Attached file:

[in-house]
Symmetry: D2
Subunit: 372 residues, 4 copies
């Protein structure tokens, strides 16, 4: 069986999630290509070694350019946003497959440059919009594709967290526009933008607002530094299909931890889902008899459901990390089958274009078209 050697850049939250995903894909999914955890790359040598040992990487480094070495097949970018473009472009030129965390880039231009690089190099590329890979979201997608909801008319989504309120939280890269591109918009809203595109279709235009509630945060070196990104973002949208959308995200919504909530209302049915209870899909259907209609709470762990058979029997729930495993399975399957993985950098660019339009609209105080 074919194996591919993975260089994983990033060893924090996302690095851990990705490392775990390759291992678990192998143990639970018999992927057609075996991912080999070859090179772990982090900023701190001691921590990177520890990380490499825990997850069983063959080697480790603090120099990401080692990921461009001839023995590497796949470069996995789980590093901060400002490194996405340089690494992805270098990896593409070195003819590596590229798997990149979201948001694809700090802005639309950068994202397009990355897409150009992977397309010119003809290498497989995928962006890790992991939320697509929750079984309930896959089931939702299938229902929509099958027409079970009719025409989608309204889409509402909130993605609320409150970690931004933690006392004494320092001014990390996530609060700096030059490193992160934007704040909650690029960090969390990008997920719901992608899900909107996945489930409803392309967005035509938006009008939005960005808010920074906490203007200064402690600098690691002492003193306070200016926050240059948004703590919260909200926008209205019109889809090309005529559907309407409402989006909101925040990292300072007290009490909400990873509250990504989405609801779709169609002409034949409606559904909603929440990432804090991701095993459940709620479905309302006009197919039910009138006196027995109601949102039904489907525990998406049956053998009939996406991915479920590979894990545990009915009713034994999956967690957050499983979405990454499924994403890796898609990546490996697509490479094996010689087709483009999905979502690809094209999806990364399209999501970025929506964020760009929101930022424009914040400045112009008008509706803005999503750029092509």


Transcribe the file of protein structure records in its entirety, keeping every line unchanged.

[in-house]
Symmetry: D2
Subunit: 372 residues, 4 copies
């Protein structure tokens, strides 16, 4: 069986999630290509070694350019946003497959440059919009594709967290526009933008607002530094299909931890889902008899459901990390089958274009078209 050697850049939250995903894909999914955890790359040598040992990487480094070495097949970018473009472009030129965390880039231009690089190099590329890979979201997608909801008319989504309120939280890269591109918009809203595109279709235009509630945060070196990104973002949208959308995200919504909530209302049915209870899909259907209609709470762990058979029997729930495993399975399957993985950098660019339009609209105080 074919194996591919993975260089994983990033060893924090996302690095851990990705490392775990390759291992678990192998143990639970018999992927057609075996991912080999070859090179772990982090900023701190001691921590990177520890990380490499825990997850069983063959080697480790603090120099990401080692990921461009001839023995590497796949470069996995789980590093901060400002490194996405340089690494992805270098990896593409070195003819590596590229798997990149979201948001694809700090802005639309950068994202397009990355897409150009992977397309010119003809290498497989995928962006890790992991939320697509929750079984309930896959089931939702299938229902929509099958027409079970009719025409989608309204889409509402909130993605609320409150970690931004933690006392004494320092001014990390996530609060700096030059490193992160934007704040909650690029960090969390990008997920719901992608899900909107996945489930409803392309967005035509938006009008939005960005808010920074906490203007200064402690600098690691002492003193306070200016926050240059948004703590919260909200926008209205019109889809090309005529559907309407409402989006909101925040990292300072007290009490909400990873509250990504989405609801779709169609002409034949409606559904909603929440990432804090991701095993459940709620479905309302006009197919039910009138006196027995109601949102039904489907525990998406049956053998009939996406991915479920590979894990545990009915009713034994999956967690957050499983979405990454499924994403890796898609990546490996697509490479094996010689087709483009999905979502690809094209999806990364399209999501970025929506964020760009929101930022424009914040400045112009008008509706803005999503750029092509």